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Went for me hosp appointment on Tues.  An endurance test that wiped out half a day, I was there for nearly four hours.

I walked into OutPatients and it was packed, heaving.  If they’d thrown in some deafening heavy music it could’ve been an out of hours nightclub, filled with people (flags of all nations) all feeling slightly out of order and there with a common purpose.

I went to the console to check in and tapped my name, date of birth into the automaton.  Then it asked me to confirm my address, which it had got wrong and, as I didn’t have administrative rights, refused to change at my command.   I went to the desk.

There was a long queue for the desk.  On the wall behind it was a hand written notice saying “waiting time 2 hours”.  First time I’d ever seen them put up a notice like that.

I stood at the end of the queue and the Senior Sister spotted me and came over,  suggested that I didn’t have to wait there,  I could sit for a while and the queue would die down.  I thanked her for her consideration (I’m always surprised that she recognises me and addresses me by name) but I was ok with queuing.  Politeness stopped me from observing there was nowhere to sit, the joint was that packed out.

I got the admin done and then it was a half hour wait for the weigh-in.  My stats are weight 71.1kgs (just over 11stone) , blood pressure 146 / 90, which the techie volunteered was “v.good” so gawd help what everyone else she saw’s bp was like.

Back to the waiting area and before long a seat nearby became available, so I squeezed in among the sardines and it was standing room only again.
The Head Honcha kept appearing and calling out a name, it was unusual to see her there that early.


After 2 ¼ hrs some guy called my name and I followed him to a consulting room.  He introduced himself and I said he was a new face to me, was he now on the team ?? 
He said he was doing a research fellowship and a side effect of that was that he did the clinic there.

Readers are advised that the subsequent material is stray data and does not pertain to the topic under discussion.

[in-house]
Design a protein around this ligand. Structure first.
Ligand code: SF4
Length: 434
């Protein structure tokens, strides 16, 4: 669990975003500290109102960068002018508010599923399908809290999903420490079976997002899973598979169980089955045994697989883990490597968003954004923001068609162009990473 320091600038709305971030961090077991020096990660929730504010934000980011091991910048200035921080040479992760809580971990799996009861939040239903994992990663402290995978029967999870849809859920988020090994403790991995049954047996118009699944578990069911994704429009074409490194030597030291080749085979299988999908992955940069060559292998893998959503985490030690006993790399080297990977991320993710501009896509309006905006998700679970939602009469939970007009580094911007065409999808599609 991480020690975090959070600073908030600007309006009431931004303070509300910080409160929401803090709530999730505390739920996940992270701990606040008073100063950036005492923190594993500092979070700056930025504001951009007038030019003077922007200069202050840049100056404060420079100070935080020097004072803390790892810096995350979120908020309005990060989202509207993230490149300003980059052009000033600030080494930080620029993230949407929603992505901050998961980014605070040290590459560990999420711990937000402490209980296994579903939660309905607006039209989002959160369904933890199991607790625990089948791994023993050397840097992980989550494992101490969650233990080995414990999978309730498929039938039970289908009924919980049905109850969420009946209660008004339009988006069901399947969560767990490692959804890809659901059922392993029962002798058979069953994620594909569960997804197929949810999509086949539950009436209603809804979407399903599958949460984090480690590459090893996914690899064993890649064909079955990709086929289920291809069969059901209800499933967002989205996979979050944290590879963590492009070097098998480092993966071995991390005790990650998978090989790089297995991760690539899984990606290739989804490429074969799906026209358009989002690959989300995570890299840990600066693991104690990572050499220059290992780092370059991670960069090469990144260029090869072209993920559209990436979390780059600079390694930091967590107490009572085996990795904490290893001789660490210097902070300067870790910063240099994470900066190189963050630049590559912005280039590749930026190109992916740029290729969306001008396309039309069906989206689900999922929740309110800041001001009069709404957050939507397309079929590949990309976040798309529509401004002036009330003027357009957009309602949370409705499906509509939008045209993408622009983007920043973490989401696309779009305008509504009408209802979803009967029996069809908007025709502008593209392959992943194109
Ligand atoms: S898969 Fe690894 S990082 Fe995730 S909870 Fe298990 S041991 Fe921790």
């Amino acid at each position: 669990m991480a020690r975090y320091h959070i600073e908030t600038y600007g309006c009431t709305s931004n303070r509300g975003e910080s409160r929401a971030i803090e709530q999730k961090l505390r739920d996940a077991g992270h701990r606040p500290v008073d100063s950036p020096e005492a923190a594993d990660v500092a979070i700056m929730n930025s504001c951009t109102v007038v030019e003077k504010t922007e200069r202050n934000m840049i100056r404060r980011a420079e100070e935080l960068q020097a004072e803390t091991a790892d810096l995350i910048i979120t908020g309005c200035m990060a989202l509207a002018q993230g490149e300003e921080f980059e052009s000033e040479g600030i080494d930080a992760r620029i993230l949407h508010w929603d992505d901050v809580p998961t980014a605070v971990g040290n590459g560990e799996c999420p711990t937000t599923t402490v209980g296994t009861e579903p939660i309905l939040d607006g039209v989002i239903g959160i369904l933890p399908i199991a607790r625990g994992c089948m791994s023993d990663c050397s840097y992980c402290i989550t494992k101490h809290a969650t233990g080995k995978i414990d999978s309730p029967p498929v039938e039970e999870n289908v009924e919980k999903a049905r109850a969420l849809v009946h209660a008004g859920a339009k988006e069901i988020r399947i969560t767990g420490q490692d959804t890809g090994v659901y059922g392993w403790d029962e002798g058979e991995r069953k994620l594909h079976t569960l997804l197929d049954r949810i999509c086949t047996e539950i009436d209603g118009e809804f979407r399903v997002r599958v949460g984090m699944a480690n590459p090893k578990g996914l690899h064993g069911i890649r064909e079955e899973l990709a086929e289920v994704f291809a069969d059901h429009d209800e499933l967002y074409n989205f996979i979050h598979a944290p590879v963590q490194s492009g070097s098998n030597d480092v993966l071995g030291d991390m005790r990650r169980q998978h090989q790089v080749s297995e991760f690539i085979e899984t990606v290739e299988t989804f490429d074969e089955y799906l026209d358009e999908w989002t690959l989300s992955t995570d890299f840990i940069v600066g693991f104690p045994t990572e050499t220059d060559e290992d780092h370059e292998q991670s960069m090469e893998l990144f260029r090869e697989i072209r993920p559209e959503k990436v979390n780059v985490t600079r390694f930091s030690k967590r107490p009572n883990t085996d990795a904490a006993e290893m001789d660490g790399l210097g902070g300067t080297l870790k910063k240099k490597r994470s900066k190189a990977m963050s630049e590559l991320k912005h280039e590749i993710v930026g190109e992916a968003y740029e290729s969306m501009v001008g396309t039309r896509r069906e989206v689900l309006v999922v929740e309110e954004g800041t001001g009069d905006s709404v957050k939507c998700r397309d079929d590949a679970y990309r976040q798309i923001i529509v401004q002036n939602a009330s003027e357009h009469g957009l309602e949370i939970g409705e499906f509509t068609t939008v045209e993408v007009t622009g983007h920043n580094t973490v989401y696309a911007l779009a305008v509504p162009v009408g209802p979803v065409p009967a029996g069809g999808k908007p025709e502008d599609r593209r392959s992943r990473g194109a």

He said it was a vasculitis clinic and I was out of the run of the mill for him.  (According to the stats I’m one of abt 80 people in London with my complaint.) 
He seemed quite excited to have me and we had a long chat.  We got off to a bit of a dodgy start as he said my problem was my kidneys and I replied I thought they were a symptom but we both let it pass.

He consulted screens and notes and then screens again, cursing under his breath as he tried to click on things and got the wrong things up.  I can be v.sympathetic abt this sort of thing.

He tells me that I’m still leaking protein into my urine, abt 1gm a day, which is one tenth of what was going into it when I was admitted but I’ve been at that level for some time.  It looks like I’m always going to be at that level.
I said I’d been told at my last consultation that I was in remission.  He said I was in partial remission.

He added that this was something that didn’t look like it was going to heal and a kidney transplant wouldn’t do the trick.  I told him I wouldn’t go for that anyway for philosophical reasons, I have enough trouble with what I’m going through already.

So I asked him if this protein leak (it’s news to me !!) was causing my lack of energy, though I’m much better than I was not so long ago.  I have good days and bad days.  I’m still eating like a horse. 
He said yes,  I must have about half the energy that I should.

I also told him that I get a lot of pain in my knees and ankles, that my lower legs feel like they did when they were swollen, though they’re not.
He said this wasn’t how anyone else with my condition and treatment felt.  Had I mentioned it before and what was the opinion??  I said yes and that all I got was the metaphorical shrug of the shoulders.

He opined that I may have a nerves prob there and would refer me to a neurologist, it’s always good to get another opinion.  After talking to him I definitely concur on this.
He said as I wasn’t an urgent case it’d prolly take some time before they’d see me, so I’m guessing it’ll be next year.


Come back in three months.


I went back to the waiting area which was no longer “standing room only” for a long wait to donate six vials in the vampire room.
Then out after 3 ¾ hours.  An all time record.


In summary,  I’m not going to get much better than I am now and I’m always going to have medicate.  In his opinion.

And, as he said,  “it’s always good to get another opinion”.


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